What Lurks Beneath in Collingswood

Scandals and town characters keep suburban life interesting

This is how I explain living in Collingswood: It’s like living in a David Lynch movie. Everything placid and pastoral, but as could be expected, a lot is going on under the surface. I’ve heard about the house where there are fisting parties (and then I needed to be told what those are). I’ve heard that a man who frequents the pool has had pedophile charges against him that didn’t stick. I’ve heard that a man on my street has been charged with being a Peeping Tom. I’ve heard about various combinations of affairs, drug addictions being battled, and every six months or so, that our town might finally pass liquor laws—which hardly anyone wants, what with the success of our BYOBs.

On a Saturday in Collingswood, we can wake up and go to the farmers’ market, rated “America’s Favorite Farmers’ Market.” While there, we will buy tomatoes and artisan cheese, but just as importantly we will bump into fellow parents we haven’t seen since my daughter was in second grade, and my next door neighbors who I see all of the time. The nice people at Schober Orchards will offer whole peaches and apples as samples. I will watch as my daughter is flirted with by teenage boys working one of the farm tables. I will ogle strangers’ puppies and babies and colorful eggplant and flowers. Live music will play, and the smell of kettle corn will glue together all of the other smells of fruits and plants and coffee and fresh bread.

So, you can see we need some barb, some spike, a surprise. Otherwise we might all fall asleep like Dorothy and her friends in that beautiful crimson field of poppies.

Thankfully, we’ve got our celebrity-style drama. When an important figure in town was caught cheating, his wife took a baseball bat to his vehicle, a la Elin Nordegren Woods. We had a mom who disappeared, a mom who overdosed, a dad/police officer who rescued a would-be suicide by jumping in Cooper River and pulling the suicide from his car.

We even have an interesting cast of extras. We have a family of little people with the last name of Little. We have a family with 10 children with the last name of Lively. We have a guy who dresses like James Dean, everywhere and anywhere—from the soccer fields to the Wawa—and an old lady who wears three-foot-wide hats.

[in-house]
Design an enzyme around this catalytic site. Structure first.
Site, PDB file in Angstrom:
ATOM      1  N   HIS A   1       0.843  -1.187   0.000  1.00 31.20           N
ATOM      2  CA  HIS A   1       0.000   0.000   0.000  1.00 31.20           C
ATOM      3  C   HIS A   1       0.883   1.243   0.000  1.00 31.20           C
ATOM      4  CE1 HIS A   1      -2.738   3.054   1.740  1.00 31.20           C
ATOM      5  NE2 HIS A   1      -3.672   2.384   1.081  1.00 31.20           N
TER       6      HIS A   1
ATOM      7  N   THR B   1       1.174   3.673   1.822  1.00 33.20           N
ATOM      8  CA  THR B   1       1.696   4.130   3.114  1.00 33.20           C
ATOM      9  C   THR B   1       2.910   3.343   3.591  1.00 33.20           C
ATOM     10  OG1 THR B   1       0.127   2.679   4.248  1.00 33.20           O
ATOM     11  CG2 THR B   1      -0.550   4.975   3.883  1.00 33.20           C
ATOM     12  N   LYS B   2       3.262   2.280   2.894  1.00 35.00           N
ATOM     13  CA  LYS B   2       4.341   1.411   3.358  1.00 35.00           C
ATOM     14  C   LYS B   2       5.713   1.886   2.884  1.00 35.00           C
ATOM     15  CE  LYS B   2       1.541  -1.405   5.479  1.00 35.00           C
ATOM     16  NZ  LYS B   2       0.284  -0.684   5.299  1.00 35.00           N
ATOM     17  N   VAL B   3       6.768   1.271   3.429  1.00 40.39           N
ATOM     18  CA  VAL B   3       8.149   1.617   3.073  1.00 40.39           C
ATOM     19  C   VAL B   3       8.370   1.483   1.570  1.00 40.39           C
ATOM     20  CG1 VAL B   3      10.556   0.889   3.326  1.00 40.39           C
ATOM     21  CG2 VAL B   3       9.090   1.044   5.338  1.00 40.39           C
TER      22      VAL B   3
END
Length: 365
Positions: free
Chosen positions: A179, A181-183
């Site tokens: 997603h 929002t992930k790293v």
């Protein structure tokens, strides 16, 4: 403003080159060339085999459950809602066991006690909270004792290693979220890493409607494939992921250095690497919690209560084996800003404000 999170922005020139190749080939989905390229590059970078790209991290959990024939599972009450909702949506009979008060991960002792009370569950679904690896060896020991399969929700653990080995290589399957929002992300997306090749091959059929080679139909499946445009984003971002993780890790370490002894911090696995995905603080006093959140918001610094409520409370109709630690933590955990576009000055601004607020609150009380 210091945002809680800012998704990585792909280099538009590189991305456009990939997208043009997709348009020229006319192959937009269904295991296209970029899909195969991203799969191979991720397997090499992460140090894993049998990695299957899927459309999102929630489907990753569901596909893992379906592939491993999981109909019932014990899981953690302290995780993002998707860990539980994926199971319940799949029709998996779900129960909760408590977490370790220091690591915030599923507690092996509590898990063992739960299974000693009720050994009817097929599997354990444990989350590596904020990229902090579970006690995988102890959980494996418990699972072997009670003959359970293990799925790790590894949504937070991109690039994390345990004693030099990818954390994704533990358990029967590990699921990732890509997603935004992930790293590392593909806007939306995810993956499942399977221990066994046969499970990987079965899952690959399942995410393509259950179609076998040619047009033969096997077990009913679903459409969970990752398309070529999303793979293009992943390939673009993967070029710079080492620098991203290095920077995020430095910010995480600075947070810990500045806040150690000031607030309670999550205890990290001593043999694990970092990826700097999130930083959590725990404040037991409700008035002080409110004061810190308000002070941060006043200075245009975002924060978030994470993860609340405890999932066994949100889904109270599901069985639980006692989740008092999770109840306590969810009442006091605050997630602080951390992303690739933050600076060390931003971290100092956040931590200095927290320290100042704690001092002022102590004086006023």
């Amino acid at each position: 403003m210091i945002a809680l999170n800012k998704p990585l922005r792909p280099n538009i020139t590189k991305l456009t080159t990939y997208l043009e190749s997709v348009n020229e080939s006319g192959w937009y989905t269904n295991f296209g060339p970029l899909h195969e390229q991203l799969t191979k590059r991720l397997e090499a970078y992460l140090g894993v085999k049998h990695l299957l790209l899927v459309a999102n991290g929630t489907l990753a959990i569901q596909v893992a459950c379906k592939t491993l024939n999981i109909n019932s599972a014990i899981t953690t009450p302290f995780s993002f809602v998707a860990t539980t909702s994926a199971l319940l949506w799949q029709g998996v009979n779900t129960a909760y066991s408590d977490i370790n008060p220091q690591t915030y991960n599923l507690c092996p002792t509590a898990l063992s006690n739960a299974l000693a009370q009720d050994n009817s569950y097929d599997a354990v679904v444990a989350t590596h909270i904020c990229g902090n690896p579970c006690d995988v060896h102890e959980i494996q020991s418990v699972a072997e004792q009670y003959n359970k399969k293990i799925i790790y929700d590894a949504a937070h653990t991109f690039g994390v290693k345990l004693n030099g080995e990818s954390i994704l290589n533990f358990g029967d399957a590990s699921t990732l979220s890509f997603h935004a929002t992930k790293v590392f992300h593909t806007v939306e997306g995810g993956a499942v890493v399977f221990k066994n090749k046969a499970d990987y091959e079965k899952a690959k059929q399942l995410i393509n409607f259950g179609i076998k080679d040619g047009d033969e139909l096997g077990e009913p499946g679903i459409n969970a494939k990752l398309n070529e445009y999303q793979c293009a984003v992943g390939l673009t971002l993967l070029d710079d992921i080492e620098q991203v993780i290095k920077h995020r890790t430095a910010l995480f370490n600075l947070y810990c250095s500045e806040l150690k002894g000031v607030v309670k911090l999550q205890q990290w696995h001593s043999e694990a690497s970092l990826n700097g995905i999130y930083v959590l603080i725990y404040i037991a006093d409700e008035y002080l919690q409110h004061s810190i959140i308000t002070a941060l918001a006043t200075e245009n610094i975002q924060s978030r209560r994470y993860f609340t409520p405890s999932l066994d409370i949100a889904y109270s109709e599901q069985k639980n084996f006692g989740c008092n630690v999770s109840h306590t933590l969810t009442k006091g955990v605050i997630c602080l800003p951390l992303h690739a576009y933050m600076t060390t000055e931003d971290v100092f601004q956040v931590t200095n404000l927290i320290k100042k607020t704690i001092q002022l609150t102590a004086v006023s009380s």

A local restaurant owner actually plays characters. He gets small roles that are identified on the credits by names like “Tough guy at bar,” “construction worker,” “muscle guy,” and “prison guard.” He is a big bruiser of a guy with a bearded boxer’s face, who serves up mostly ice cream and free pancakes to kids in their pajamas on Saturday morning. His nickname is “Stink.”

On Second Saturdays, with its crafters and street performances, I love overhearing an immaculately dressed woman ask a crafter at a cardboard table, “What is going on here? This is fabulous! Does this happen all the time?”

This past Saturday, I counted eight different live musical performances, and I think I missed one. There was a band of what looked to be high-school freshmen, playing ’80s rock with all their hearts. It was so painful and beautiful we had to stop and watch, and then we noticed Dad, wearing tie-dye, filming them, making their performance suddenly touching.

It’s pretty here. Folks come from all over the country to crew regattas on Cooper River; from the neighboring towns for the farmers’ market and our restaurants; and apparently, from areas where there are no fisting parties to our fisting parties. I’m glad I can take a bottle of wine (hell, I can take two, I’m walking) and go to town, and I’m glad I have no idea who the man is who takes daily walks down the center of my street in tap shoes and a fisherman’s hat.

Kathleen Volk Miller is co-editor of Painted Bride Quarterly and an associate teaching professor at Drexel University. Don’t follow her on Twitter @kvm1303 because she hardly ever tweets. She hopes to have her own website one day, and also, no war.